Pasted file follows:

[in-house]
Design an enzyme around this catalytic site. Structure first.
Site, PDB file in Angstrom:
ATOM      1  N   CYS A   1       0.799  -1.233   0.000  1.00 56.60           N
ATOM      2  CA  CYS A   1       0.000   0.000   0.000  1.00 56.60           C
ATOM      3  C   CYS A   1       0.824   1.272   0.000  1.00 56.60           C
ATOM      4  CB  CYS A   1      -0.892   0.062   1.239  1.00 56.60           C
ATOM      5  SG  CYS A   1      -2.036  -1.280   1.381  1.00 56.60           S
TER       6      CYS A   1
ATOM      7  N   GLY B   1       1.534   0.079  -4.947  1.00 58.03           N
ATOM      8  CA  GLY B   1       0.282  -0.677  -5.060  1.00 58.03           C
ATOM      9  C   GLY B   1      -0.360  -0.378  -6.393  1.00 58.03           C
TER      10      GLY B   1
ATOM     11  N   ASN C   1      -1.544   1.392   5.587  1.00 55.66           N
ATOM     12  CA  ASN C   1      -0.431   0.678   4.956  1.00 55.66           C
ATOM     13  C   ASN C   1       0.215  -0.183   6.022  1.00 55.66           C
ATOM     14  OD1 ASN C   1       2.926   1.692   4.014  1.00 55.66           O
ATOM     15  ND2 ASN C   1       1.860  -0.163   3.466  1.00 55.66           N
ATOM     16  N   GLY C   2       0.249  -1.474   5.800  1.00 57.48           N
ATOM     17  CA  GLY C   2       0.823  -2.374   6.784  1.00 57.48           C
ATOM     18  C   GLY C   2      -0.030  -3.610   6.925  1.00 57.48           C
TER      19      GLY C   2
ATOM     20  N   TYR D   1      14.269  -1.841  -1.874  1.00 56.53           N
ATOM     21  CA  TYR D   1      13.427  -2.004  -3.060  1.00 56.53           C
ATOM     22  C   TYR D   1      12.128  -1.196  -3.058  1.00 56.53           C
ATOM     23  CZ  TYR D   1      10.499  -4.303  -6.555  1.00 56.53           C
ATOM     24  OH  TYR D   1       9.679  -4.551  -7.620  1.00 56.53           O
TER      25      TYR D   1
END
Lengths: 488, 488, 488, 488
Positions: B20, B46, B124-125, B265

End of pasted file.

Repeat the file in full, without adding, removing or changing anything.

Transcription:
[in-house]
Design an enzyme around this catalytic site. Structure first.
Site, PDB file in Angstrom:
ATOM      1  N   CYS A   1       0.799  -1.233   0.000  1.00 56.60           N
ATOM      2  CA  CYS A   1       0.000   0.000   0.000  1.00 56.60           C
ATOM      3  C   CYS A   1       0.824   1.272   0.000  1.00 56.60           C
ATOM      4  CB  CYS A   1      -0.892   0.062   1.239  1.00 56.60           C
ATOM      5  SG  CYS A   1      -2.036  -1.280   1.381  1.00 56.60           S
TER       6      CYS A   1
ATOM      7  N   GLY B   1       1.534   0.079  -4.947  1.00 58.03           N
ATOM      8  CA  GLY B   1       0.282  -0.677  -5.060  1.00 58.03           C
ATOM      9  C   GLY B   1      -0.360  -0.378  -6.393  1.00 58.03           C
TER      10      GLY B   1
ATOM     11  N   ASN C   1      -1.544   1.392   5.587  1.00 55.66           N
ATOM     12  CA  ASN C   1      -0.431   0.678   4.956  1.00 55.66           C
ATOM     13  C   ASN C   1       0.215  -0.183   6.022  1.00 55.66           C
ATOM     14  OD1 ASN C   1       2.926   1.692   4.014  1.00 55.66           O
ATOM     15  ND2 ASN C   1       1.860  -0.163   3.466  1.00 55.66           N
ATOM     16  N   GLY C   2       0.249  -1.474   5.800  1.00 57.48           N
ATOM     17  CA  GLY C   2       0.823  -2.374   6.784  1.00 57.48           C
ATOM     18  C   GLY C   2      -0.030  -3.610   6.925  1.00 57.48           C
TER      19      GLY C   2
ATOM     20  N   TYR D   1      14.269  -1.841  -1.874  1.00 56.53           N
ATOM     21  CA  TYR D   1      13.427  -2.004  -3.060  1.00 56.53           C
ATOM     22  C   TYR D   1      12.128  -1.196  -3.058  1.00 56.53           C
ATOM     23  CZ  TYR D   1      10.499  -4.303  -6.555  1.00 56.53           C
ATOM     24  OH  TYR D   1       9.679  -4.551  -7.620  1.00 56.53           O
TER      25      TYR D   1
END
Lengths: 488, 488, 488, 488
Positions: B20, B46, B124-125, B265